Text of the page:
Simultaneously, I opened a similarly wrapped gift, and it had a brand new baby doll in it for me! I was thrilled to have the beautiful new baby doll, with curly blond hair and blue eyes, but I honestly felt sad for my little sister, that her doll wasn’t “brand new”, but “refurbished” (although I didn’t know that word back then). Thankfully, little Liz was thrilled as she hugged her new doll, and I promised I would share the new baby cradle with her.
In another gift we opened, Elizabeth and I delightfully discovered several doll dresses that Momma had made on her sewing machine. Mom was always making things for us like clothes, curtains, and the like. Now we had baby doll dresses!! They looked better than “store-bought” clothes! We were so proud that our mom could make such pretty things!
Even as a seven-year-old, I had a realization that my parents had truly sacrificed to give us these gifts. Some were purchased at a store, but most were hand-made over several weeks period of time, but didn’t require a lot of money.
My parents’ time, talent and love were the most priceless gifts they gave.
Fast-forward about twenty years, and I found myself teaching music to seven hundred elementary school students. The old records and 1970’s era music books we used didn’t provide much variety for selections to perform for a Christmas program. So, being a songwriter, I wrote a few songs (and one poem) for my third grade students, mixed with traditional carols, for our program.
One hilariously funny song was called “Santa’ Claus’ Cookies” (“Santa Claus slipped on a plate of cookies that I left him under the tree…”). The poem was called “The Best Gift”, about giving ourselves at Christmas, or any time of year, “for God, my country, my family, my school”. The other song, which became the students’ favorite, was called “Sweet Baby Jesus”.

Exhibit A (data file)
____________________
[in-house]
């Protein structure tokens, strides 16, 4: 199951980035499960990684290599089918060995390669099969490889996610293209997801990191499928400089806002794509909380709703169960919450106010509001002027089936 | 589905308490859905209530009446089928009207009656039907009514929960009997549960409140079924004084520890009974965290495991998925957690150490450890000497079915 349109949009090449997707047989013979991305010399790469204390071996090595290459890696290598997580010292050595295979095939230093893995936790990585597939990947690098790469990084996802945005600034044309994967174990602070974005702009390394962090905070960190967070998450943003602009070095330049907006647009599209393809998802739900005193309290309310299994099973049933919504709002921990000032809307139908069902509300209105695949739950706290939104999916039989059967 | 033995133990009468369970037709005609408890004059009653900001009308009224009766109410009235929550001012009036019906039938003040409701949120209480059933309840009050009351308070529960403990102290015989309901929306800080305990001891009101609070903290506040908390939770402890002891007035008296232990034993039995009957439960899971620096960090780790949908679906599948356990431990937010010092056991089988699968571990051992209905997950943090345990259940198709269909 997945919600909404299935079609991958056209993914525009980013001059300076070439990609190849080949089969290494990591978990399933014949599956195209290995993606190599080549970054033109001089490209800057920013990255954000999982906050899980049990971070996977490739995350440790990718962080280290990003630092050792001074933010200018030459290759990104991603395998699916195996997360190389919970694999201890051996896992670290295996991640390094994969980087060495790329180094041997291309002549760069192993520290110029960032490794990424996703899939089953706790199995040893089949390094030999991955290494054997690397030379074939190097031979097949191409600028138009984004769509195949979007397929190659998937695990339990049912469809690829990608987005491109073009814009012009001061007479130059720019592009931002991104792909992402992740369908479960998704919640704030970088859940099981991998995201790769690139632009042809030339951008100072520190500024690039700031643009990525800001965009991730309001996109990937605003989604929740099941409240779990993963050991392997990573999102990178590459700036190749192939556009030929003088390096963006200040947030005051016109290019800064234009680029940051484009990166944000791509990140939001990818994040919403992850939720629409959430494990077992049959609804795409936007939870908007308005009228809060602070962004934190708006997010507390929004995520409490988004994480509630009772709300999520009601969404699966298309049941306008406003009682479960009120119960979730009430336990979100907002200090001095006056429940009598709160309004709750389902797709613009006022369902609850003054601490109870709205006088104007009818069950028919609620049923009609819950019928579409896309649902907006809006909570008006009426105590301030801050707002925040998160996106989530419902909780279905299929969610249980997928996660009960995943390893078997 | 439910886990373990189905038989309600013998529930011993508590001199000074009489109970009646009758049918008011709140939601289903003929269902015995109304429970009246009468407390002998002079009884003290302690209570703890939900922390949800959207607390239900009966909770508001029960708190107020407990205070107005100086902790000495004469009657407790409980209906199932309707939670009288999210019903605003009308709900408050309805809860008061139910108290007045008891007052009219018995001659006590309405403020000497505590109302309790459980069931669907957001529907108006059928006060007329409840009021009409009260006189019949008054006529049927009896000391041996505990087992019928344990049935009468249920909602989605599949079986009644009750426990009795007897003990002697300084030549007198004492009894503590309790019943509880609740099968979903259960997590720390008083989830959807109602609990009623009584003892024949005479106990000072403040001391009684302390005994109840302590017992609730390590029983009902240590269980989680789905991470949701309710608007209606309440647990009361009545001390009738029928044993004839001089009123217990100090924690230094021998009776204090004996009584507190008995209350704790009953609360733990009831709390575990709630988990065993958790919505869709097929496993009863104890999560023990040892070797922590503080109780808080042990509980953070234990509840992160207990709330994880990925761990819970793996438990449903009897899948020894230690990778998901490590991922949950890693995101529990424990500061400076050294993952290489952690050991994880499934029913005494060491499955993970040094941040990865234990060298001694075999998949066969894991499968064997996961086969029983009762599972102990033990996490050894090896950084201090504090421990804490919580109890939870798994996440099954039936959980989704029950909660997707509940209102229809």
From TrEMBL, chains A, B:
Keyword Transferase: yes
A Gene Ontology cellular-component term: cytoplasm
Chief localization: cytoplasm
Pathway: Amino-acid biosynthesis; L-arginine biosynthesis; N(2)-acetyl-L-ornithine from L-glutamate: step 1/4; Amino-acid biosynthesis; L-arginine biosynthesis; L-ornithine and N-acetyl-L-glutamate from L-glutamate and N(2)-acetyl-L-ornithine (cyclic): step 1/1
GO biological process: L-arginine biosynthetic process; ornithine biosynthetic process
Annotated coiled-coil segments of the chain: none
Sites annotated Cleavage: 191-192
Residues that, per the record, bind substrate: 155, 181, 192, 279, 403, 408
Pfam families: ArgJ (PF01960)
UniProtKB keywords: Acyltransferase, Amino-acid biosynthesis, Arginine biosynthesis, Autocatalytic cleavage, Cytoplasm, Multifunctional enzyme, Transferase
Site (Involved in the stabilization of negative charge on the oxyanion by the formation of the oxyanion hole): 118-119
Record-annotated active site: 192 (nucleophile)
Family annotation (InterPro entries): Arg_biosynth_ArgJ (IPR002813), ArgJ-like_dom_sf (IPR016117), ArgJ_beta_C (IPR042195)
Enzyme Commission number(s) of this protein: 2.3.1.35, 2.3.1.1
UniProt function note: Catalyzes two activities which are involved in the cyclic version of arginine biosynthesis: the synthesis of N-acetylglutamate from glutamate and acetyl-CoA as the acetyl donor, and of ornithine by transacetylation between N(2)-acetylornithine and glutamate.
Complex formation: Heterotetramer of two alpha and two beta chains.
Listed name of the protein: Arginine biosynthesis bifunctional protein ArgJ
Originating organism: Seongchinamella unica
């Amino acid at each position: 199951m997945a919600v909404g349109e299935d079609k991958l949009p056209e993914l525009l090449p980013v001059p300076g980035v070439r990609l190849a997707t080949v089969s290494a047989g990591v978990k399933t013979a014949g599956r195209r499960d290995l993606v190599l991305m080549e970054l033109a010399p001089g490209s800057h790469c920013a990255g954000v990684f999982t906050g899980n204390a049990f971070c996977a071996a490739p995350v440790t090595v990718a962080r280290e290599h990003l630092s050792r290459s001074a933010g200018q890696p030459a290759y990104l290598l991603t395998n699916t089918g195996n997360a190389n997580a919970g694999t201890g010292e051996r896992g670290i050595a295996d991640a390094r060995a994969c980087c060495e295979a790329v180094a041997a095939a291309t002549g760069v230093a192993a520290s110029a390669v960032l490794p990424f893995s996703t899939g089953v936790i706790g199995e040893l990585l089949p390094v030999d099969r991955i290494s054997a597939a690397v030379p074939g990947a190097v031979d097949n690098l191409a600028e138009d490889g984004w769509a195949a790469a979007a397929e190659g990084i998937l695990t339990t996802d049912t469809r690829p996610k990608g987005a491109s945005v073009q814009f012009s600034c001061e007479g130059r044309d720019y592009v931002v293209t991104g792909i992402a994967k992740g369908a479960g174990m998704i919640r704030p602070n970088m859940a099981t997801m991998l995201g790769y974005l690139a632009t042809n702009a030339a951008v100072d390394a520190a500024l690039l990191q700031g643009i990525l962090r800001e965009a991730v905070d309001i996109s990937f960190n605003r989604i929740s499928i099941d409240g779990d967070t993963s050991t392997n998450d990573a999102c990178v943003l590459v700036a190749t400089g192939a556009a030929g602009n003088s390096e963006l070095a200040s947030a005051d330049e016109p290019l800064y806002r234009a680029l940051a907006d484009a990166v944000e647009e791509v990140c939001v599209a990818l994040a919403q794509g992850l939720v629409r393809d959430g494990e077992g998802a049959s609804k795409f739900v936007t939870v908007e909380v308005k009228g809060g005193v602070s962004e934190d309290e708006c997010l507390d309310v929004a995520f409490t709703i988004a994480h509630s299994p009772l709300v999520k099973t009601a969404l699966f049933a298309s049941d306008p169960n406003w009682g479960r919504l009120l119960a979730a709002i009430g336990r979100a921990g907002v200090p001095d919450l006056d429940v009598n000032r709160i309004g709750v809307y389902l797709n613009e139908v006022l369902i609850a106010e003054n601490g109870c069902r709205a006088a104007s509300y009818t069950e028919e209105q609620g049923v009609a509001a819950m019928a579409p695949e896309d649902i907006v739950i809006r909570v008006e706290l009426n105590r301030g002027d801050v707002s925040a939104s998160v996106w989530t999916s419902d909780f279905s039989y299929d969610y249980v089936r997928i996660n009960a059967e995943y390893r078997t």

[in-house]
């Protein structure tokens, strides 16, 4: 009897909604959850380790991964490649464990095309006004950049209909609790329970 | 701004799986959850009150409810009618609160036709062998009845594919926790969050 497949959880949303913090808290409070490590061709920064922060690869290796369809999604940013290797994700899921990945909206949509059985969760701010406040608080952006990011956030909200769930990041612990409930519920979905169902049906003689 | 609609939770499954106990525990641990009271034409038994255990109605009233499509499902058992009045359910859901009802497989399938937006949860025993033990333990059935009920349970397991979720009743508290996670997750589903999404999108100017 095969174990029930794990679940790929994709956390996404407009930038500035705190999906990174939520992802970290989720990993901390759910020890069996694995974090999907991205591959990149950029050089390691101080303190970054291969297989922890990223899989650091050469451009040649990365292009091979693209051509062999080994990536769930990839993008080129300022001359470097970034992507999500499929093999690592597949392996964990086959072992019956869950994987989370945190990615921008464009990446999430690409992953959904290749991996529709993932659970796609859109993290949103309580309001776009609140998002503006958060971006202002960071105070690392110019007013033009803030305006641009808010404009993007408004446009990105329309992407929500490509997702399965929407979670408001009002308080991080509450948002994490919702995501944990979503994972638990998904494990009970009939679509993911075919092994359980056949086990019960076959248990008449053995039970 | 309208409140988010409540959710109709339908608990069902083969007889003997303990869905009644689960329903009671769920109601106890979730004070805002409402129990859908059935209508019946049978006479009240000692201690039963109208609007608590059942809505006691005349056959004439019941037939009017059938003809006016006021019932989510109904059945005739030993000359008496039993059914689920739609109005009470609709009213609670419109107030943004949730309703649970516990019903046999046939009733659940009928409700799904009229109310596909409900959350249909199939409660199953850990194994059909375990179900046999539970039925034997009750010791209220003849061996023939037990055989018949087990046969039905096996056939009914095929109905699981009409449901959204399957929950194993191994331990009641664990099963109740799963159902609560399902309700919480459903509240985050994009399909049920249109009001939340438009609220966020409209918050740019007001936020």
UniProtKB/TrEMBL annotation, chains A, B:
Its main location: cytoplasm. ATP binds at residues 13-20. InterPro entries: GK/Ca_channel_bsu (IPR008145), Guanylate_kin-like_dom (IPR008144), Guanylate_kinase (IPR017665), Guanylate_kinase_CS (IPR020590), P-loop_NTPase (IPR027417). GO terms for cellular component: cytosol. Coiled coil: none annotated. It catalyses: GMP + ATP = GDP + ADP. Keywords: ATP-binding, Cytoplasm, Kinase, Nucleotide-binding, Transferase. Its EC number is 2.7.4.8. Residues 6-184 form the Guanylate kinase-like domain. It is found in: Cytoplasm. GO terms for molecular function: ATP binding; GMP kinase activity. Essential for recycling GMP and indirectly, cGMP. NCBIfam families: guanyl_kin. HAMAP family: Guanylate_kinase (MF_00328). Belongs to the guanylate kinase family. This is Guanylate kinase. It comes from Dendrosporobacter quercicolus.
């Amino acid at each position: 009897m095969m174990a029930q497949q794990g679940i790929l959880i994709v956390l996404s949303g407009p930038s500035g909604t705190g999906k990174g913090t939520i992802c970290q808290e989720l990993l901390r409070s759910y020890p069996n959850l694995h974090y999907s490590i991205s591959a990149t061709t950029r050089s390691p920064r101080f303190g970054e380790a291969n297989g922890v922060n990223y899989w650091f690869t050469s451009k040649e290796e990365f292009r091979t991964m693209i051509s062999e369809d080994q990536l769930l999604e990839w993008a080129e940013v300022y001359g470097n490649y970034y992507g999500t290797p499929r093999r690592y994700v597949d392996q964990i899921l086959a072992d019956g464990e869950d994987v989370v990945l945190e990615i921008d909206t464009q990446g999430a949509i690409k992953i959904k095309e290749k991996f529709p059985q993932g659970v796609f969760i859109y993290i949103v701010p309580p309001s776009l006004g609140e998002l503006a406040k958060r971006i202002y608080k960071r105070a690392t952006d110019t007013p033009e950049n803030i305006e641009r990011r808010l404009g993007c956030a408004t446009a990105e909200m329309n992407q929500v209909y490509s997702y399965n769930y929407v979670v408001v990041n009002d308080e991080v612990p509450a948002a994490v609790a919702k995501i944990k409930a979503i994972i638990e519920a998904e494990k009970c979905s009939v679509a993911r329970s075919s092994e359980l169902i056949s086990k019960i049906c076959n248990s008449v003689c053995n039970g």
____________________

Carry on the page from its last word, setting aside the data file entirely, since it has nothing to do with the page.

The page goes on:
In this song, like a modern-day message of The Little Drummer Boy, a poor person (like me, as a child) who has no monetary gifts to offer the baby Jesus, asks this question:
Sweet baby Jesus, what can I give to You?
Sweet baby Jesus, God’s only Son!
Sweet baby Jesus, what can I give
But my heart, my life, my song?
I’d recorded a simple “home demo” of the song so my students could sing it while I directed. A few months later, I burned a CD with a few songs I’d written and gave copies to my parents and my two best friends, Trish and Cindy. Cindy was (and still is) a middle school teacher, and would often play music in her classroom during less structured times. Once her students heard “Sweet Baby Jesus”, they begged to sing it at their Christmas program at their school (Kindergarten through eighth graders). As of today, Norwood School has been singing “Sweet Baby Jesus” every year since 1996!
Three weeks ago, as of this writing, I finally professionally recorded that song (and “O Holy Night”, when I attended our missionary gathering of Artists in Christian Testimony, International in Nashville, TN). My “little gift” that I thought was only for 120 third grade students, spread to a couple thousand more students, and now is being sent out to radio stations around the world, with several already playing it! (Downloads of my music helps fund missions and ministries around the world through Wright Ministries/ Artists in Christian Testimony, International. That includes this blog, local foster care and crisis pregnancy ministries in Oklahoma & nationwide, assisting orphans/ orphanages in Chagallu, India and Zambia, Africa, sharing the hope of Christ, and giving FREE music & CDs away everywhere I go. THANK YOU for being a part of this life-changing mission! Donate here🙂